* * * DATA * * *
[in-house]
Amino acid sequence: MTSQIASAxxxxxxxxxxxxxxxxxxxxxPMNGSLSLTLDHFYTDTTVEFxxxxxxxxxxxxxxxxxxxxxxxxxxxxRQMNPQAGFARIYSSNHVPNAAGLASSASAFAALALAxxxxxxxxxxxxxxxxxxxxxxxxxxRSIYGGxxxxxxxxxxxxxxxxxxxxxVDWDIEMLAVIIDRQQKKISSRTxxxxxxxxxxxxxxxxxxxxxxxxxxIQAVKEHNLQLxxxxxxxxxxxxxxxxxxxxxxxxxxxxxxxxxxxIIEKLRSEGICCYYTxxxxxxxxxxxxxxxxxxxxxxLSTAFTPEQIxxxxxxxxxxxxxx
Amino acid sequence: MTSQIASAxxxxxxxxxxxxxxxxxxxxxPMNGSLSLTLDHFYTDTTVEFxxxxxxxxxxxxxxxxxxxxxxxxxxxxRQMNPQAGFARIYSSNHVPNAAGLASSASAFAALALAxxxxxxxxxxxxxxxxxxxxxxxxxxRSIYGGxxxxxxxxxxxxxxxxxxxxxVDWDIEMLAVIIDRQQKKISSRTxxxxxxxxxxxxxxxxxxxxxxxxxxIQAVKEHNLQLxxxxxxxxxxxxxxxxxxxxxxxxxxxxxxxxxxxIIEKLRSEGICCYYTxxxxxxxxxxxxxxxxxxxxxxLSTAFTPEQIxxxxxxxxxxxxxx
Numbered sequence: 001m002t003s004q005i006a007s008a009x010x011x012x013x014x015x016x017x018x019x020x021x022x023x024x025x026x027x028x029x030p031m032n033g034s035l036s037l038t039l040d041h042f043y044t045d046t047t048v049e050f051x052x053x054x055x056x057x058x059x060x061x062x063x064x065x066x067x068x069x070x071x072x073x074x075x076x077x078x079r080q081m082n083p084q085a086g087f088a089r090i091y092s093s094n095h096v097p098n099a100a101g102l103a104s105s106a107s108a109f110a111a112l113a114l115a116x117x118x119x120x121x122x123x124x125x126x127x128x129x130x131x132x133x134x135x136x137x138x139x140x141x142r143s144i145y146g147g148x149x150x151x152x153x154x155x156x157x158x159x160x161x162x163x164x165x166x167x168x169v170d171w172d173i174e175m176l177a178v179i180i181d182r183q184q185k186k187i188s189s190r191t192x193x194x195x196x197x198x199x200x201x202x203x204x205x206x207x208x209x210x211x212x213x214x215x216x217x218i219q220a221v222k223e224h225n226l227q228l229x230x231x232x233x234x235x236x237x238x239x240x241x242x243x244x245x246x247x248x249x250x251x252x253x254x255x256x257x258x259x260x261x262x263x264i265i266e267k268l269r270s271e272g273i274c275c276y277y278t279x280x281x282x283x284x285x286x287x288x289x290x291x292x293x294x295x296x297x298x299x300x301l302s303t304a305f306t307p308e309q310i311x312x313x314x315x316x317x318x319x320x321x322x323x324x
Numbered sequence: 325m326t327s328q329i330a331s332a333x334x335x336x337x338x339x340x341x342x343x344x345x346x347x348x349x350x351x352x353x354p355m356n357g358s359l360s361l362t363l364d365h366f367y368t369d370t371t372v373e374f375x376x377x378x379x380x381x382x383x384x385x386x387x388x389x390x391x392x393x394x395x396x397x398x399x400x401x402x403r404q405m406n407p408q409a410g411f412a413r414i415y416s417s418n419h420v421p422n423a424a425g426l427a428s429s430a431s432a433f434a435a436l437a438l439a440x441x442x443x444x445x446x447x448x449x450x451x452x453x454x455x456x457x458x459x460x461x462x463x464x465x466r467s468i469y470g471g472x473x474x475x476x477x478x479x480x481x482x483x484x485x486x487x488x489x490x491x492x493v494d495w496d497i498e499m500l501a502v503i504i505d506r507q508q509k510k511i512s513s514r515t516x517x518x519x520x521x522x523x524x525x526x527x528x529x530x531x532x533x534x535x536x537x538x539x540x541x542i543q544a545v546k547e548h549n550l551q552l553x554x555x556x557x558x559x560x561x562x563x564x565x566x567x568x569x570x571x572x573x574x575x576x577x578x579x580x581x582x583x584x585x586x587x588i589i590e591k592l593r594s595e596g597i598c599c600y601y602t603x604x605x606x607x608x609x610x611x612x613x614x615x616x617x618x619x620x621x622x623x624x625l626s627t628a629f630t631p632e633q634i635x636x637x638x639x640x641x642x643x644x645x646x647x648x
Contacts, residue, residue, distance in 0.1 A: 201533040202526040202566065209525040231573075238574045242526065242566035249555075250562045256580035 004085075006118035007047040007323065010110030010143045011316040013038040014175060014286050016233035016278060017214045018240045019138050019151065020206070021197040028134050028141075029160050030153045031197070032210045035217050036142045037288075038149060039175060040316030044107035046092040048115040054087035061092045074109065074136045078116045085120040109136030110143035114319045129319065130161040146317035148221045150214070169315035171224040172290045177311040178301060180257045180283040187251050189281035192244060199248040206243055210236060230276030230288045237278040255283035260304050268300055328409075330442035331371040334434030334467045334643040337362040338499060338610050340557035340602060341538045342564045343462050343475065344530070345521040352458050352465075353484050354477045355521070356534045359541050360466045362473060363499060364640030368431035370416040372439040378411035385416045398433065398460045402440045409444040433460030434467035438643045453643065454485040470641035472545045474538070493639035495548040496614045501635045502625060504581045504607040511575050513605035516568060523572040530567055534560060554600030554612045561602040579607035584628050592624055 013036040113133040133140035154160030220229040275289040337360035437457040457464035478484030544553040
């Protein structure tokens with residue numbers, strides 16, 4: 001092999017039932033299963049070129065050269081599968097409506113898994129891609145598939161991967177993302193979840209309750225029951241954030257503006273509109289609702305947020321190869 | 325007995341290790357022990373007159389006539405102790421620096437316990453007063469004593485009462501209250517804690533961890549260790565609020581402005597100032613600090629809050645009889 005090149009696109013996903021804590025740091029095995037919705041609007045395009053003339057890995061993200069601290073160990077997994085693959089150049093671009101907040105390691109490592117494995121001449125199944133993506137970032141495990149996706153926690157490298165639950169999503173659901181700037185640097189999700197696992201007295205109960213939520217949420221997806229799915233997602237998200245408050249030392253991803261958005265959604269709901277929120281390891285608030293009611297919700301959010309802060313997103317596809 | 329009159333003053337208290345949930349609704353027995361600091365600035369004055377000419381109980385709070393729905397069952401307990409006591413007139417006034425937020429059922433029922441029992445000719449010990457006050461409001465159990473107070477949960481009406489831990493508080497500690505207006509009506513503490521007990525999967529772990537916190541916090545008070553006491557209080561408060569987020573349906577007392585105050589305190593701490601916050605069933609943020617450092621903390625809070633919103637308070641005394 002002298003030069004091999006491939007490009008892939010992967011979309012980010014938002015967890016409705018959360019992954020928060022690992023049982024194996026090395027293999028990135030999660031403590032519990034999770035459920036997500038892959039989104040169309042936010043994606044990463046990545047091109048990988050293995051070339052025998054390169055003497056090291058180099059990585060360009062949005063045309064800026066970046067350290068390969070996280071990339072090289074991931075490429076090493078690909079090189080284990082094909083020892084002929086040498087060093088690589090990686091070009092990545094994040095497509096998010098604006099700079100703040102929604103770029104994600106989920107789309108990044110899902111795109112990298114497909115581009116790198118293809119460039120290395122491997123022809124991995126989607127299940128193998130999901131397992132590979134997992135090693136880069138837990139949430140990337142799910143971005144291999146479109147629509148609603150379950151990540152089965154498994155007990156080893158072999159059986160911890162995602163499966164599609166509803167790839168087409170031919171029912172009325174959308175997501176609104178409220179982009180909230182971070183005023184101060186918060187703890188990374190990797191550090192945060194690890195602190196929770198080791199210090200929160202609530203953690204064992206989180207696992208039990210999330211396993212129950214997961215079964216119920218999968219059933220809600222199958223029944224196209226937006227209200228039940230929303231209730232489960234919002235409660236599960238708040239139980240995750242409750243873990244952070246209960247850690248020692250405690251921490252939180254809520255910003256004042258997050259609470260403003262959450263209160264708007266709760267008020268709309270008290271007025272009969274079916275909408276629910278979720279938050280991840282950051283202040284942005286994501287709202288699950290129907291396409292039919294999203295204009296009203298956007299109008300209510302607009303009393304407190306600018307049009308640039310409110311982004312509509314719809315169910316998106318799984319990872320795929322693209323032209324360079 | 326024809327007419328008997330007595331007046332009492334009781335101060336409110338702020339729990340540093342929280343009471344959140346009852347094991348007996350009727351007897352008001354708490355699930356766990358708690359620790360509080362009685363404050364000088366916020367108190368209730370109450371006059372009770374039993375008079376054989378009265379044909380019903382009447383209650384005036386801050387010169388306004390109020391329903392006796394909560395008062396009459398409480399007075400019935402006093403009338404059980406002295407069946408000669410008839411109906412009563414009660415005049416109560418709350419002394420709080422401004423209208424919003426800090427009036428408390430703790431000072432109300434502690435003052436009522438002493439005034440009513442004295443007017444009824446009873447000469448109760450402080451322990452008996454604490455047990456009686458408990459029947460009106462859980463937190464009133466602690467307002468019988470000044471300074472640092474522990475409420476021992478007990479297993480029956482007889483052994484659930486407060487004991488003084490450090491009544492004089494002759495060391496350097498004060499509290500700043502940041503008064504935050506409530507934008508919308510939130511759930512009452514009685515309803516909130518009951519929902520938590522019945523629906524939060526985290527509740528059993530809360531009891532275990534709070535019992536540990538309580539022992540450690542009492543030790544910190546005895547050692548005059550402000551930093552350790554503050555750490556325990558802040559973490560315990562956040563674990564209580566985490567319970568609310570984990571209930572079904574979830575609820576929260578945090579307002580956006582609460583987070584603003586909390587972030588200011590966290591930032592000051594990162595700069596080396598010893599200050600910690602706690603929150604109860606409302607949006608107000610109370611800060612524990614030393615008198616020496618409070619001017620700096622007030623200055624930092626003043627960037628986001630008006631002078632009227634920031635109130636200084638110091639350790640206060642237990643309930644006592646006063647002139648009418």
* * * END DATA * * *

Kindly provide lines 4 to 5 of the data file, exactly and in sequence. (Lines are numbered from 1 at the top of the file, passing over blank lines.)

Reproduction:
Numbered sequence: 001m002t003s004q005i006a007s008a009x010x011x012x013x014x015x016x017x018x019x020x021x022x023x024x025x026x027x028x029x030p031m032n033g034s035l036s037l038t039l040d041h042f043y044t045d046t047t048v049e050f051x052x053x054x055x056x057x058x059x060x061x062x063x064x065x066x067x068x069x070x071x072x073x074x075x076x077x078x079r080q081m082n083p084q085a086g087f088a089r090i091y092s093s094n095h096v097p098n099a100a101g102l103a104s105s106a107s108a109f110a111a112l113a114l115a116x117x118x119x120x121x122x123x124x125x126x127x128x129x130x131x132x133x134x135x136x137x138x139x140x141x142r143s144i145y146g147g148x149x150x151x152x153x154x155x156x157x158x159x160x161x162x163x164x165x166x167x168x169v170d171w172d173i174e175m176l177a178v179i180i181d182r183q184q185k186k187i188s189s190r191t192x193x194x195x196x197x198x199x200x201x202x203x204x205x206x207x208x209x210x211x212x213x214x215x216x217x218i219q220a221v222k223e224h225n226l227q228l229x230x231x232x233x234x235x236x237x238x239x240x241x242x243x244x245x246x247x248x249x250x251x252x253x254x255x256x257x258x259x260x261x262x263x264i265i266e267k268l269r270s271e272g273i274c275c276y277y278t279x280x281x282x283x284x285x286x287x288x289x290x291x292x293x294x295x296x297x298x299x300x301l302s303t304a305f306t307p308e309q310i311x312x313x314x315x316x317x318x319x320x321x322x323x324x
Numbered sequence: 325m326t327s328q329i330a331s332a333x334x335x336x337x338x339x340x341x342x343x344x345x346x347x348x349x350x351x352x353x354p355m356n357g358s359l360s361l362t363l364d365h366f367y368t369d370t371t372v373e374f375x376x377x378x379x380x381x382x383x384x385x386x387x388x389x390x391x392x393x394x395x396x397x398x399x400x401x402x403r404q405m406n407p408q409a410g411f412a413r414i415y416s417s418n419h420v421p422n423a424a425g426l427a428s429s430a431s432a433f434a435a436l437a438l439a440x441x442x443x444x445x446x447x448x449x450x451x452x453x454x455x456x457x458x459x460x461x462x463x464x465x466r467s468i469y470g471g472x473x474x475x476x477x478x479x480x481x482x483x484x485x486x487x488x489x490x491x492x493v494d495w496d497i498e499m500l501a502v503i504i505d506r507q508q509k510k511i512s513s514r515t516x517x518x519x520x521x522x523x524x525x526x527x528x529x530x531x532x533x534x535x536x537x538x539x540x541x542i543q544a545v546k547e548h549n550l551q552l553x554x555x556x557x558x559x560x561x562x563x564x565x566x567x568x569x570x571x572x573x574x575x576x577x578x579x580x581x582x583x584x585x586x587x588i589i590e591k592l593r594s595e596g597i598c599c600y601y602t603x604x605x606x607x608x609x610x611x612x613x614x615x616x617x618x619x620x621x622x623x624x625l626s627t628a629f630t631p632e633q634i635x636x637x638x639x640x641x642x643x644x645x646x647x648x